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Test results showing how FCP7 running on 10.6 messes with gamma

Update:10-11Source: network consolidation
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I've been running some simple tests to determine how FCP7 handles gamma when running 10.6.4.
Note that 10.6.4 now uses a gamma of 2.2 natively (as do PCs).
I created three images in targa, png and tif (also tried exr, but FCP won't read that) that contained squares colored in different shades of gray, solid colors and mixed colors.
This download link is good for 7 days:
https://www.yousendit.com/directDownload?phi_action=app/directDownload&fl=SWhZek ZpTk1IcWR1a29CcFA0aU9SMHVDeVNFRkF0Qm1kRmM2aXU1dg
When I brought these into FCP, the results were not good.
FCP changed the gamma considerably on them, so that all the colors were WAY off (127,127,127 became 145,145,145)
I was able to ALMOST fix this by applying a gamma filter (NOT the gamma correction filter, totally different) with a value of .82.
Now, in a 0.255 scale, my values were only off by one.
However, that is a massive color shift for anyone dealing with color management.
1. Is there a way to bring in an image sequence so that FCP does NOT tamper with the gamma?
2. If I must gamma correct, is there a 3rd party plug-in with more significant digits? I need more digits than .82.
I also did some testing on Quicktime.
QT10 is a total mess. When I output to a non-self-contained mov (after gamma correcting), it was WAY off.
QT7 is on the mark and matches what VLC shows.
The same goes for outputting to H.264. QT7 = good, QT10 = BAD.
I suppose I'll experiment with Compressor now to see the proper values to get ALMOST back to my original colors.
Hopefully I'm missing some hidden setting for 'give me back my original gamma'.
BTW - you can open the images I supplied in Photoshop to see the correct values.
Using the 'digital color meter' included with 10.6 is a quick way to determine the RGB values that are displayed on the screen in FCP, QT and other programs.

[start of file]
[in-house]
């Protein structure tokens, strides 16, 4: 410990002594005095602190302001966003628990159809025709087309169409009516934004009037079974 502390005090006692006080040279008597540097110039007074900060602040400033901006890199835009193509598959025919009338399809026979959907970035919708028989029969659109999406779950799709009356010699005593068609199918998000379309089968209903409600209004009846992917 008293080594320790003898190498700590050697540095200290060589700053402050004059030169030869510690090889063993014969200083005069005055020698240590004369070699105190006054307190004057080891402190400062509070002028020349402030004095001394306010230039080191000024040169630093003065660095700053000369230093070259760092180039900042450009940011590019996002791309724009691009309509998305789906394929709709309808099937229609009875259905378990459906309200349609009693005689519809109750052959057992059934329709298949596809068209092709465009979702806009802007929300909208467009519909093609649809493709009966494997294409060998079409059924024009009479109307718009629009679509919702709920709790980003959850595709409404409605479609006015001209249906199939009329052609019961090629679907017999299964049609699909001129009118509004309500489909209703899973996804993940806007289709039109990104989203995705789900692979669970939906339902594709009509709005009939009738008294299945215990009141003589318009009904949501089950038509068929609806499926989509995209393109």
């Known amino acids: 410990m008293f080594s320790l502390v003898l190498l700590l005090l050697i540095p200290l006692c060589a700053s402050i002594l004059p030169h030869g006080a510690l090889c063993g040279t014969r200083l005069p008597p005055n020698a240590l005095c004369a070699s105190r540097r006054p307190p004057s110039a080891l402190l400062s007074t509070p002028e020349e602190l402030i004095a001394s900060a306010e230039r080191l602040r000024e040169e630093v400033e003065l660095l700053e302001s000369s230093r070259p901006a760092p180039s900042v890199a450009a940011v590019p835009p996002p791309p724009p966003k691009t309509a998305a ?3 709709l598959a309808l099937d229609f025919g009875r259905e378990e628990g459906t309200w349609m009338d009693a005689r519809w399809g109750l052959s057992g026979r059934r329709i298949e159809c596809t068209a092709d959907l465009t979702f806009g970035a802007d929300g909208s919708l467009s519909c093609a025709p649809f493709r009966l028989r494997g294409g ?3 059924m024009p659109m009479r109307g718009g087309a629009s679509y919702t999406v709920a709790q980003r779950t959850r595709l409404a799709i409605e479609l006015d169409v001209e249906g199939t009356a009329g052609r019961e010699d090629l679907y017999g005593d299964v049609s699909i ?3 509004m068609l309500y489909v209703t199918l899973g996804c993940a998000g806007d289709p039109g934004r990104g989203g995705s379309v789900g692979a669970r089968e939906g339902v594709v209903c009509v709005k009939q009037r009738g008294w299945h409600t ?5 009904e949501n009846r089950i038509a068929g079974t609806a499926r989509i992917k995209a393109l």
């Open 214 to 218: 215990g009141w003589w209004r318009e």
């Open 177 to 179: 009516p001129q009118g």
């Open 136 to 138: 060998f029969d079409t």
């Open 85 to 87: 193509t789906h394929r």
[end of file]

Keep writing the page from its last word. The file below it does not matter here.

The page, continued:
And a value of 127,127,127 is just an absolute value, doesn't really matter if you have a $10K reference monitor to display it on (although, I'm sure the same RGB values would look different on the reference monitor).
BTW, FCP7 and 10.5 also mess with gamma.

The Best Answer

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As I had such dismal results with getting h.264 from FCP7/Compressor to match my input colors when viewed in VLC and the Quicktime player, I decided to try using Premiere CS4.
Both Premiere CS4/AME and FCP7/Compressor produced h.264 that was pretty far off when viewed in VLC and the Quicktime player7, although CS4/AME was a bit closer.
As my final output is often intended for the web, I decided to try the same files when displayed using the latest Flash player.
The results were interesting.
The Premiere CS4 results were all within 1 value of being correct. 127,127,127 would end up as 126,126,126 - and the same for the other shades of grey and color combinations.
But the FCP7/Compressor display was a disaster. 63,63,63 displayed as 81,81,81.
127,127,127 displayed as 144,144,144.
So, at least for Flash viewing of videos on the web, FCP/Compressor just couldn't produce accurate colors, they were all WAY off.
I'll have to try the same tests for DVD and BluRay.
BTW - this is the very simple image I used for testing (this display is a png, I used a tga for the actual tests to eliminate any possibility of a color profile getting embedded by mistake).
http://i34.tinypic.com/29lbgo7.png
This link with the original files is valid until aug 12:
https://www.yousendit.com/directDownload?phi_action=app/directDownload&fl=SWhZek ZpTk1IcWR1a29CcFA0aU9SMHVDeVNFRkF0Qm1kRmM2aXU1dg